Posted by: Jack Henry | June 29, 2012

Editor’s Corner: Fur, Further, and Furthest

Oy vey! You folks ask some tough questions. Today we’ll address the following:

  • What is the difference between further and farther?
  • Are further and farther interchangeable?
  • If the root word for farther and farthest is far, is the root word for further and furthest fur?

Grammar Girl (on gives us some good guidance:

Use “farther” for physical distance and “further” for metaphorical, or figurative, distance. It’s easy to remember because “farther” has the word “far” in it, and “far” obviously relates to physical distance.

Looking at the definitions on, you can use either word when your intended meaning is one of the following:

  • a considerable distance in space : to a remote place
    Example: The cabin is farther/further away than we thought it would be.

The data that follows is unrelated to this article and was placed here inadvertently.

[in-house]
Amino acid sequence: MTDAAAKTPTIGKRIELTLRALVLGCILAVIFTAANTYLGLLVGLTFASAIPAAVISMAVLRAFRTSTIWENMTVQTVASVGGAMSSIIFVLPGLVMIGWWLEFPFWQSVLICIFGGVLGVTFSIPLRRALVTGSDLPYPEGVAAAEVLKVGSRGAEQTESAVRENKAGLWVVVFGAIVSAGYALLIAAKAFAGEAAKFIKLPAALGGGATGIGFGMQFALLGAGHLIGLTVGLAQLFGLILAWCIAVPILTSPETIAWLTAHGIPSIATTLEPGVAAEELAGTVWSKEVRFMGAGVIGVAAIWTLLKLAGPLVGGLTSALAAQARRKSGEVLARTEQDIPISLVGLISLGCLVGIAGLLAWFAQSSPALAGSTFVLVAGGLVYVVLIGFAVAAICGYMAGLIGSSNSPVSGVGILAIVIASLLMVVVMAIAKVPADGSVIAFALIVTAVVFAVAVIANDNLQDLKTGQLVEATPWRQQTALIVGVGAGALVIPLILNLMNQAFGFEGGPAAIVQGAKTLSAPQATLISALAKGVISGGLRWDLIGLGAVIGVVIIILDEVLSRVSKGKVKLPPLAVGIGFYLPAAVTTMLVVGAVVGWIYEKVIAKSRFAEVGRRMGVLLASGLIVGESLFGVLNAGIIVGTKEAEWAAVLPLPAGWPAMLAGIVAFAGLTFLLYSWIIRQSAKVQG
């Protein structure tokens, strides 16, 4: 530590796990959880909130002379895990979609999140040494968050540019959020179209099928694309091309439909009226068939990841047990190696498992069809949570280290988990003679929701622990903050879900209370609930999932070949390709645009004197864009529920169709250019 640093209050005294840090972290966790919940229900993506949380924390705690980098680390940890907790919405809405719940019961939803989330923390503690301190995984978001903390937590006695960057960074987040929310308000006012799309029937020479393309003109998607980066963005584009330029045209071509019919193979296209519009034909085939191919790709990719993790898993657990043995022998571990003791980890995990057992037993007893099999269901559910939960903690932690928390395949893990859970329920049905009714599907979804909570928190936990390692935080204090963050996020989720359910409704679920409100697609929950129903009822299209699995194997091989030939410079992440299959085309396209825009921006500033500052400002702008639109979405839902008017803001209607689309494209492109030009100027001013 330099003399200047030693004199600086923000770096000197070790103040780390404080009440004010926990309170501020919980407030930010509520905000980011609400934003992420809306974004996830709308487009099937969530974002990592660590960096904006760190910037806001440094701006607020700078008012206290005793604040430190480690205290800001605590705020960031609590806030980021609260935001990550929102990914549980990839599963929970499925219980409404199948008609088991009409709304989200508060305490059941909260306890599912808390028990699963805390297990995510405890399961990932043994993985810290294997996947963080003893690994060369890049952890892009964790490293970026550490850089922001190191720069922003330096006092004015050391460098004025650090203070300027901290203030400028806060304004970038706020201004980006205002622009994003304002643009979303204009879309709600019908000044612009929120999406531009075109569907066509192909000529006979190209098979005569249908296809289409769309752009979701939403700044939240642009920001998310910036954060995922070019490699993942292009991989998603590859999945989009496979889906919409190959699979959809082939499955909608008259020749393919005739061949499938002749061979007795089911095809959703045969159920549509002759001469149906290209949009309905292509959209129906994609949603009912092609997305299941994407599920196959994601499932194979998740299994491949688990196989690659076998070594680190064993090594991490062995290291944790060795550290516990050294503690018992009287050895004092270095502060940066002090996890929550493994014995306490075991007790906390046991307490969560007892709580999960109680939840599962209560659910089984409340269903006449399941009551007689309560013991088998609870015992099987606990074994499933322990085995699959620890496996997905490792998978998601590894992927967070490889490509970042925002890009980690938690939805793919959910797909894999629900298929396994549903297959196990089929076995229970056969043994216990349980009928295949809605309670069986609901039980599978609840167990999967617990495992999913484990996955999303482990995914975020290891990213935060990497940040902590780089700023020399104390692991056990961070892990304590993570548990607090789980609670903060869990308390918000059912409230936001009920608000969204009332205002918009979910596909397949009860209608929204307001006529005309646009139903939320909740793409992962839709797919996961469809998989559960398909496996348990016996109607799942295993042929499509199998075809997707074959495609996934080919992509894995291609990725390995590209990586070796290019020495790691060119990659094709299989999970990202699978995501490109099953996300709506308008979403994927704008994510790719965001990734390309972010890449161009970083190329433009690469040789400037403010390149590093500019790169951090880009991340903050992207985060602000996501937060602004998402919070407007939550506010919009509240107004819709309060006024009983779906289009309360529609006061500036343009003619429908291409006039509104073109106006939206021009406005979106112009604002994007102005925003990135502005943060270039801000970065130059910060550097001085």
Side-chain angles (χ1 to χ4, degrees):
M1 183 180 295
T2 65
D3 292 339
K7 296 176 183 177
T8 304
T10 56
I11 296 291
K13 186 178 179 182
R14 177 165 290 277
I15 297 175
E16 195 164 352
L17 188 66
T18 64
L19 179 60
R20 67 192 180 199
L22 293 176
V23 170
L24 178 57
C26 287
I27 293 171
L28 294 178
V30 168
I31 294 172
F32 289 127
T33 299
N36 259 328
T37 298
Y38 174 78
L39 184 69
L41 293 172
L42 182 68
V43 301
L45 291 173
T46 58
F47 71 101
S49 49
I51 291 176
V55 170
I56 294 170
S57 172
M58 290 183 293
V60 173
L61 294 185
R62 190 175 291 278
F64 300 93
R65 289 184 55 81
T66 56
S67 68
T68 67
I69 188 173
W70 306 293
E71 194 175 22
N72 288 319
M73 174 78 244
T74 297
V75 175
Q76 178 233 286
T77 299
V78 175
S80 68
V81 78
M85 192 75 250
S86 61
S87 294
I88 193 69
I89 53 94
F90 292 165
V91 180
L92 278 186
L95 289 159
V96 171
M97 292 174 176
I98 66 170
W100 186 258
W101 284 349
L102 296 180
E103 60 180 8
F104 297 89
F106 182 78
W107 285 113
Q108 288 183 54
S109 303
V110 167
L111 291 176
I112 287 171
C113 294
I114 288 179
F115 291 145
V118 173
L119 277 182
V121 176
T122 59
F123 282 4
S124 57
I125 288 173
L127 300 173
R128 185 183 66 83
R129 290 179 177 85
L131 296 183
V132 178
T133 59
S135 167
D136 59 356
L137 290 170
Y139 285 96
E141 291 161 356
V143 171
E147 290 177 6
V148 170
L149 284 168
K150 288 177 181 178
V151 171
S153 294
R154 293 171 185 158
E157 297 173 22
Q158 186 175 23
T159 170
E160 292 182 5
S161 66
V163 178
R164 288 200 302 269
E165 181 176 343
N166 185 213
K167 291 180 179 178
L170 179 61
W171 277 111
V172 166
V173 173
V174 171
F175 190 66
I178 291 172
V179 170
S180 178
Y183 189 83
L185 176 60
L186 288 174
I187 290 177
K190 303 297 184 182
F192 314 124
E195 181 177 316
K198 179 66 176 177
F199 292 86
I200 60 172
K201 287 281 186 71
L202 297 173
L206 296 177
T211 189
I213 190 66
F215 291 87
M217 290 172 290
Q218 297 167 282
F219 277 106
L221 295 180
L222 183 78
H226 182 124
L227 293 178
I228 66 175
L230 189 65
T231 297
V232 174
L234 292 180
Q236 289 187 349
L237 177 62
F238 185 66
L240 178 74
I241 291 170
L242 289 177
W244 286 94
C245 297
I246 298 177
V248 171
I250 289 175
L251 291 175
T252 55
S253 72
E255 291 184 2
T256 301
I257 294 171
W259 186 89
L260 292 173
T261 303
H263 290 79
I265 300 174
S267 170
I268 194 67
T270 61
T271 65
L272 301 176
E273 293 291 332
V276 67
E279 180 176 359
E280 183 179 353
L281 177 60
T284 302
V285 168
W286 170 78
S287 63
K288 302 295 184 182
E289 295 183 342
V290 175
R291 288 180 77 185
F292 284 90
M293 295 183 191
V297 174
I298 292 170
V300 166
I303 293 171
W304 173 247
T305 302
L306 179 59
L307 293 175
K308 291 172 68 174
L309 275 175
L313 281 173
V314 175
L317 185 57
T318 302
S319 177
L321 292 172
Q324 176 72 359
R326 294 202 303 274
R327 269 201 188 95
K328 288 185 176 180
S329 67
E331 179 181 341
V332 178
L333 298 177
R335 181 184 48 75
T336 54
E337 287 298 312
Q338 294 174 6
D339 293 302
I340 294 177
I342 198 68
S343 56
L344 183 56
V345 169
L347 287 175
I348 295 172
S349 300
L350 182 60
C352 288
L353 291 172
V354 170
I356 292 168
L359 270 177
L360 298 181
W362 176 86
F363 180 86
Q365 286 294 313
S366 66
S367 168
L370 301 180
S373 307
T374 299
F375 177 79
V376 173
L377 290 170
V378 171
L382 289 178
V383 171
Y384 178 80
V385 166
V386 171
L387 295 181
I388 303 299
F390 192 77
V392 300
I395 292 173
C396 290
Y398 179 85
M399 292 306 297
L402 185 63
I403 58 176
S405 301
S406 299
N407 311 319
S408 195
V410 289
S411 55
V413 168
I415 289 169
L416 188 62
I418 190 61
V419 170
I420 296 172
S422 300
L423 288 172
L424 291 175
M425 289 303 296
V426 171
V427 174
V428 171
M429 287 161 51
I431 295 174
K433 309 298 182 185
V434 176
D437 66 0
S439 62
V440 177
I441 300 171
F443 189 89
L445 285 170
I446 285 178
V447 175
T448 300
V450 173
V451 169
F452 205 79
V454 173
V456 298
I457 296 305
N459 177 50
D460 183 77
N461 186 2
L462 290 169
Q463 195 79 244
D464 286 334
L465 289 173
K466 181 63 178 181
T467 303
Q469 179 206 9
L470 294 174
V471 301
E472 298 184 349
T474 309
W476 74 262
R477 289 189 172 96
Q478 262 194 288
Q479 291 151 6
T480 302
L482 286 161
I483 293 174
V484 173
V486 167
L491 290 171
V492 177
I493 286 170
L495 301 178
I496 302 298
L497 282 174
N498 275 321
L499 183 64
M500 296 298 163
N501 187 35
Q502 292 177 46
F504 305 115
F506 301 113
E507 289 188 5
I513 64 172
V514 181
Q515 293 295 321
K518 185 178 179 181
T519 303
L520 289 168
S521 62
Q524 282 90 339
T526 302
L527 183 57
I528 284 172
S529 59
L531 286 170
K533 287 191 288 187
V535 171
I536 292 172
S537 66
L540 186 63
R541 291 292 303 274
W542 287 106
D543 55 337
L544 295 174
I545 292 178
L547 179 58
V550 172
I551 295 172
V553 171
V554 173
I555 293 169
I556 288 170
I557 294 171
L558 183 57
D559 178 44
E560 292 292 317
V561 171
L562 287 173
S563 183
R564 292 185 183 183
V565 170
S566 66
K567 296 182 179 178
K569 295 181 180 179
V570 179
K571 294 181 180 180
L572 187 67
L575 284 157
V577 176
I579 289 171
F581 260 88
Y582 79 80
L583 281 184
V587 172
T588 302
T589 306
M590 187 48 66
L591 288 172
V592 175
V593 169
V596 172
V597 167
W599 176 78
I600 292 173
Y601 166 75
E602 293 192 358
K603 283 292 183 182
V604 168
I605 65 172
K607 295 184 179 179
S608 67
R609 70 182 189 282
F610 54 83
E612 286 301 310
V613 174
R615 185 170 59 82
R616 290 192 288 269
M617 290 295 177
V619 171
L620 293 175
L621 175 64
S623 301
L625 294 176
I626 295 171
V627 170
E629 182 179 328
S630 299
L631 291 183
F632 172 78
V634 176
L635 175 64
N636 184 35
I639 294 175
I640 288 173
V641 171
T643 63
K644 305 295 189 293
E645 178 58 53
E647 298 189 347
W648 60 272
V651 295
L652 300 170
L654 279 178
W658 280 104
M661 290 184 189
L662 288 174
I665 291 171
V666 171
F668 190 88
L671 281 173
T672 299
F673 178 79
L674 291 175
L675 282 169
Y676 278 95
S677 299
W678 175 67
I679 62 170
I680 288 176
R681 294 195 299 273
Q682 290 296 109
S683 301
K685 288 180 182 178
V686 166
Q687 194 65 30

• a considerable distance in time
    Example: The design of the 5000 BC wooden mask is the farthest/furthest from our current technology.
  • to an advanced point or extent : a long way
    Example: I’ve never walked farther/further than that in my life!

When you use the root word, however, you’re stuck with far. In other words, it is “this road takes you far beyond the village”; not “this road takes you fur beyond the village.” (Unless, of course, you are talking to a dog.)

And further is the word to use under these circumstances:

  • in addition: moreover
    Example: Their super-smoothies are further enriched by bee pollen.
  • going beyond what exists: additional
    Example: Further information is provided in the New Employee Handbook.
  •  to help forward: promote, advance
    Example: Taking additional courses while you work will further your career.

Have a good weekend! I have nothing further to say. 🙂

Kara Church

Senior Technical Editor
8985 Balboa Ave.
San Diego, CA 92123

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